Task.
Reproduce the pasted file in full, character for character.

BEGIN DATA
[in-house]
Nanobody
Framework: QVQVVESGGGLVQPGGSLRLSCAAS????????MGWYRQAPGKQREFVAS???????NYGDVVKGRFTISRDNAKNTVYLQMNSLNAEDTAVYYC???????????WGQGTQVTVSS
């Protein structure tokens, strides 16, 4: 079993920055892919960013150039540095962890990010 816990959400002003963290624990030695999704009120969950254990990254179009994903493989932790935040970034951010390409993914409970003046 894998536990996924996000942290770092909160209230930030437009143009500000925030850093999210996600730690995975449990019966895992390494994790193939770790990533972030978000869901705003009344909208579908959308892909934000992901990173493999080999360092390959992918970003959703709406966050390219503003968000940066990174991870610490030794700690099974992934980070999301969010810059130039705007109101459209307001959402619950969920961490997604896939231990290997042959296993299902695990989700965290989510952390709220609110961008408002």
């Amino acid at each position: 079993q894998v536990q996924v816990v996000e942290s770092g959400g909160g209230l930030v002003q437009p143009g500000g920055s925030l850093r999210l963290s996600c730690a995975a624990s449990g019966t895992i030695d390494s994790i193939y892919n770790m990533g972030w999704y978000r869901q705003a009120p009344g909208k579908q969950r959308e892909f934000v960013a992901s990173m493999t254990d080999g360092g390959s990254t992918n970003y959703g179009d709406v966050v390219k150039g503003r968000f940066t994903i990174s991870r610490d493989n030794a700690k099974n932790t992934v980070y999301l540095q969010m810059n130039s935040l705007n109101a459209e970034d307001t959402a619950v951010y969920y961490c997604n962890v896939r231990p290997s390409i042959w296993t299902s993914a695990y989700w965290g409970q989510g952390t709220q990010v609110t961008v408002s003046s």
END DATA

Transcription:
[in-house]
Nanobody
Framework: QVQVVESGGGLVQPGGSLRLSCAAS????????MGWYRQAPGKQREFVAS???????NYGDVVKGRFTISRDNAKNTVYLQMNSLNAEDTAVYYC???????????WGQGTQVTVSS
């Protein structure tokens, strides 16, 4: 079993920055892919960013150039540095962890990010 816990959400002003963290624990030695999704009120969950254990990254179009994903493989932790935040970034951010390409993914409970003046 894998536990996924996000942290770092909160209230930030437009143009500000925030850093999210996600730690995975449990019966895992390494994790193939770790990533972030978000869901705003009344909208579908959308892909934000992901990173493999080999360092390959992918970003959703709406966050390219503003968000940066990174991870610490030794700690099974992934980070999301969010810059130039705007109101459209307001959402619950969920961490997604896939231990290997042959296993299902695990989700965290989510952390709220609110961008408002």
């Amino acid at each position: 079993q894998v536990q996924v816990v996000e942290s770092g959400g909160g209230l930030v002003q437009p143009g500000g920055s925030l850093r999210l963290s996600c730690a995975a624990s449990g019966t895992i030695d390494s994790i193939y892919n770790m990533g972030w999704y978000r869901q705003a009120p009344g909208k579908q969950r959308e892909f934000v960013a992901s990173m493999t254990d080999g360092g390959s990254t992918n970003y959703g179009d709406v966050v390219k150039g503003r968000f940066t994903i990174s991870r610490d493989n030794a700690k099974n932790t992934v980070y999301l540095q969010m810059n130039s935040l705007n109101a459209e970034d307001t959402a619950v951010y969920y961490c997604n962890v896939r231990p290997s390409i042959w296993t299902s993914a695990y989700w965290g409970q989510g952390t709220q990010v609110t961008v408002s003046s």